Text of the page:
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This content will become publicly available on August 31, 2023

Title: Diverse states and stimuli tune olfactory receptor expression levels to modulate food-seeking behavior
Animals must weigh competing needs and states to generate adaptive behavioral responses to the environment. Sensorimotor circuits are thus tasked with integrating diverse external and internal cues relevant to these needs to generate context-appropriate behaviors. However, the mechanisms that underlie this integration are largely unknown. Here, we show that a wide range of states and stimuli converge upon a single Caenorhabditis elegans olfactory neuron to modulate food-seeking behavior. Using an unbiased ribotagging approach, we find that the expression of olfactory receptor genes in the AWA olfactory neuron is influenced by a wide array of states and stimuli, including feeding state, physiological stress, and recent sensory cues. We identify odorants that activate these state-dependent olfactory receptors and show that altered expression of these receptors influences food-seeking and foraging. Further, we dissect the molecular and neural circuit pathways through which external sensory information and internal nutritional state are integrated by AWA. This reveals a modular organization in which sensory and state-related signals arising from different cell types in the body converge on AWA and independently control chemoreceptor expression. The synthesis of these signals by AWA allows animals to generate sensorimotor responses that reflect the animal’s overall state. Our findings suggest a general more » model in which sensory- and state-dependent transcriptional changes at the sensory periphery modulate animals’ sensorimotor responses to meet their ongoing needs and states. « less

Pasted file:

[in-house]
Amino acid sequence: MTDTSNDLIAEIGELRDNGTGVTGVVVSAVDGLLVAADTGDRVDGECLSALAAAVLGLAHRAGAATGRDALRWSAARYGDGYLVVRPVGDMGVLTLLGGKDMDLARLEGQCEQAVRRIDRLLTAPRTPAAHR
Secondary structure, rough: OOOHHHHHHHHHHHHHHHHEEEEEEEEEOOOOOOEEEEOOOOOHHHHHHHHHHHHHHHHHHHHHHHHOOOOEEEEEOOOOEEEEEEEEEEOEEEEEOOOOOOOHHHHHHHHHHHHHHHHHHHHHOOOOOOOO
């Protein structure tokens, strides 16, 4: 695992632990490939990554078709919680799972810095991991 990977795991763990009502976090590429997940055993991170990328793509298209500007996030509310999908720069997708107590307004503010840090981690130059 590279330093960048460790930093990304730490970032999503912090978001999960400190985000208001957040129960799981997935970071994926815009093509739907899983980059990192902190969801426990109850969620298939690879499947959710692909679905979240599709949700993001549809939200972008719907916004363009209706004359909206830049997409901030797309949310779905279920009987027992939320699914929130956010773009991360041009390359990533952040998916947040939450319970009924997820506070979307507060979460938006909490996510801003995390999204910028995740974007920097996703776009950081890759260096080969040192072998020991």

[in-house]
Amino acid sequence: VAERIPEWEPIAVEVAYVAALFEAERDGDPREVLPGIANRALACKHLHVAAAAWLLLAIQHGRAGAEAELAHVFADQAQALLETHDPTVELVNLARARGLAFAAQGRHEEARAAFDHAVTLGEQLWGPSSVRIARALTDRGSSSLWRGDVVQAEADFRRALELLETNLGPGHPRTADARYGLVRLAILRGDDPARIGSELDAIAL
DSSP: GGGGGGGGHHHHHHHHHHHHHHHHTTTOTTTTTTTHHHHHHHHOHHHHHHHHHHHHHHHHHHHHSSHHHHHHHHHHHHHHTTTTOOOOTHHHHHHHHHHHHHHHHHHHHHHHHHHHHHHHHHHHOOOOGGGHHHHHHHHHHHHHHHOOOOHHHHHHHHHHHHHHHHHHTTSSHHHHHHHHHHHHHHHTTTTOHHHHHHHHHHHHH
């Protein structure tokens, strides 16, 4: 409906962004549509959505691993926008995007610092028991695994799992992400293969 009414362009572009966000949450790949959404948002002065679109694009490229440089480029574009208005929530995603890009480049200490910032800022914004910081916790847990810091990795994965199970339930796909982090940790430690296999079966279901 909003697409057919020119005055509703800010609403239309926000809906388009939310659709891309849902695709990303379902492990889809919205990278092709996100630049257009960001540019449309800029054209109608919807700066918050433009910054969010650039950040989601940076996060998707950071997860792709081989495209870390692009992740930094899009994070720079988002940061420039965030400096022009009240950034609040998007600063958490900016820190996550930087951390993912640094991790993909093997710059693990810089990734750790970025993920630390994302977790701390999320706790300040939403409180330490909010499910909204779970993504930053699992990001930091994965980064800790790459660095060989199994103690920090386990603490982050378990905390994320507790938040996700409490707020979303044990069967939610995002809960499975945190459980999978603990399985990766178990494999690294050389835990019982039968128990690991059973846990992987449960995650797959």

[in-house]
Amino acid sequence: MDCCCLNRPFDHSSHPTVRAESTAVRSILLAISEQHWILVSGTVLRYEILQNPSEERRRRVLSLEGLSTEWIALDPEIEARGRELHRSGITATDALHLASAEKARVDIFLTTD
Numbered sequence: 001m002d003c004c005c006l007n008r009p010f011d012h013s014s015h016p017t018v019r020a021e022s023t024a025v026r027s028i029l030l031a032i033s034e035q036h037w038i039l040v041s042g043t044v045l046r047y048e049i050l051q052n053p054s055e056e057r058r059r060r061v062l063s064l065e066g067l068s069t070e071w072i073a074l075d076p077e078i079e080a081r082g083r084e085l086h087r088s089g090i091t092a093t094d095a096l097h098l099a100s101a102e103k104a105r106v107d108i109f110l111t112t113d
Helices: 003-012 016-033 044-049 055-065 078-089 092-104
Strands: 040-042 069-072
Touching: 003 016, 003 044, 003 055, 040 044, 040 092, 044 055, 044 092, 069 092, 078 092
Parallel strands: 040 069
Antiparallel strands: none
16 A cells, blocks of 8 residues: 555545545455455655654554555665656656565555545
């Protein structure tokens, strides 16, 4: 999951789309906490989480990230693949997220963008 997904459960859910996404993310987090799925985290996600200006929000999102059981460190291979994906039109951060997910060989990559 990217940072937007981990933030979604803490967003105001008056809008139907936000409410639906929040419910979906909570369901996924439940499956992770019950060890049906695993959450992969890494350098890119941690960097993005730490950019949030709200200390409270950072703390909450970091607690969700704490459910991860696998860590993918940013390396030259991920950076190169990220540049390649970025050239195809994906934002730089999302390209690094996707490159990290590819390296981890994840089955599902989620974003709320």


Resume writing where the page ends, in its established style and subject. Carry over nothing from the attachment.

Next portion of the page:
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  1. Abstract

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